Even if you put a lot of effort, time, money, and resources into developing a new product or service, a poorly planned go-to-market strategy can cause your project to fail.

Some of the biggest brands have even experienced go-to-market errors. Take Apple, for example. In the 1980s, decades before Steve Jobs launched the groundbreaking iPhone, he led one of Apple’s biggest flops: the Apple Lisa computer.

Even though Lisa had the best graphics technology of its time, only 10,000 units were sold. Critics attribute the failure to Lisa’s misleading ads and the high price tag despite the poor processing power.

Overall, many say the computer itself and the messages around it were not valuable to potential Apple customers. The release was such a disaster that it reportedly resulted in Jobs temporarily leaving Apple.

While Apple and Steve Jobs bounced back, smaller businesses could have a lot more to lose if they launch a product with a bad plan. Whenever you’re developing something new, it’s important to also come up with a go-to-market strategy that is tailored to your budget and buyer personality.

We saw two main methods for developing a go-to-market strategy: the funnel and the flywheel. While the traditional, one-off funnel method focuses on getting leads and getting them to sell, the flywheel approach uses inbound marketing and other strategies to build long-term customer relationships.

While the funnel focuses on the awareness, observation, and decision-making phases of the customer journey, the circular flywheel focuses on attracting, engaging, and delighting potential customers, prospects, and customers.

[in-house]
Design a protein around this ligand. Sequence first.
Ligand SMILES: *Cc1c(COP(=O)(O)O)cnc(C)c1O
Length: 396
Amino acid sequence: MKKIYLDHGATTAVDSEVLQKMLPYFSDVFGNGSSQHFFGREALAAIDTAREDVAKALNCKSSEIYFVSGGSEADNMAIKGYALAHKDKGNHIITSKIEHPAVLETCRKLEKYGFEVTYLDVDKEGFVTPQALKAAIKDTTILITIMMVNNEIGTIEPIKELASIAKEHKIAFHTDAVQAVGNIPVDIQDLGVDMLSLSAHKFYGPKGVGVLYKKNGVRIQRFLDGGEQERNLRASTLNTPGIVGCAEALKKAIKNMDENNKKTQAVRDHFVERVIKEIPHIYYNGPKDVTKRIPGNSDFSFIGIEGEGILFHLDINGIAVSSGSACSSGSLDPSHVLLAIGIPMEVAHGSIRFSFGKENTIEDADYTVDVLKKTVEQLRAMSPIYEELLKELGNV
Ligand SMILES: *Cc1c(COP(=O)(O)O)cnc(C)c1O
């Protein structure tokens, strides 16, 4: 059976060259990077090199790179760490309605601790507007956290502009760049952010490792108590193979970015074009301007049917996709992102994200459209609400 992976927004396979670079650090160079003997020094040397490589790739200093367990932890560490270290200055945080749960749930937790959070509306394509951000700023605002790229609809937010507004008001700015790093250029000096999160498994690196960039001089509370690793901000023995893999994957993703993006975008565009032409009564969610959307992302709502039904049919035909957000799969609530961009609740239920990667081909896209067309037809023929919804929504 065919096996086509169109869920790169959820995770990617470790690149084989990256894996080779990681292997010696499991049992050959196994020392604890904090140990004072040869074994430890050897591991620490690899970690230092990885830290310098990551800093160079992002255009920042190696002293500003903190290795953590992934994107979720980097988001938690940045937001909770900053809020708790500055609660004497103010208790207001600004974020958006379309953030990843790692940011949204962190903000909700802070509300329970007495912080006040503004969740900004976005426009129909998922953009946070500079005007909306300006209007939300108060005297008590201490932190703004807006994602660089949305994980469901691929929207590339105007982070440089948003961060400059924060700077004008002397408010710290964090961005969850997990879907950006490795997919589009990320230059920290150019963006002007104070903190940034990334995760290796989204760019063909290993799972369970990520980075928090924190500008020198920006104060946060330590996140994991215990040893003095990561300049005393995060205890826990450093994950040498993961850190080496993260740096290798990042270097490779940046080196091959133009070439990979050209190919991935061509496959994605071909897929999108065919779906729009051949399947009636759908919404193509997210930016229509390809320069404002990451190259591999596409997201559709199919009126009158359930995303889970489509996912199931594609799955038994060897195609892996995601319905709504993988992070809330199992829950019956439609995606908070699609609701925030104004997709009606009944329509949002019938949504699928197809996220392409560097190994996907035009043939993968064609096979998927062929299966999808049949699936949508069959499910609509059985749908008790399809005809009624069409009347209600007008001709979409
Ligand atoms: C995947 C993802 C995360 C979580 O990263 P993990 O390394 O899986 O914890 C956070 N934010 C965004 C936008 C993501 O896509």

When a lead becomes a customer, the flywheel continues as the company’s job is to attract, retain, and re-engage them with solid customer experiences, new content, and potentially new offers.

Whether you’ve taken over the flywheel or prefer to stick with the funnel, your planning process should include these steps.

  1. Differentiate your buyer personality (s).
  2. Fill in the value matrix yourself.
  3. Define your content and your lead gen strategy.
  4. Adjust and iterate as you go.
  5. Retain and inspire your customers.

To learn more about the first three steps, here is a detailed explanation.

We’ve created a basic template to fill in the blanks to help you get started with a killer go-to-market strategy. Specifically, it’s about creating a persona, mapping a customer matrix, and brainstorming a content go-to-market strategy.

Copy the following template into a document and adapt it to your product or service.

Go-to-market plan template

Go-to-market strategy for ______________

Step 1: Distinguish your buyer personality (s).

Before you start planning your strategy, do a little research and identify your buyer personality. You can have more than one, but make sure each is precise, clear, and different from the others.

Here is a free tool to help you develop your persona (s), as well as a list of questions to ask yourself while creating.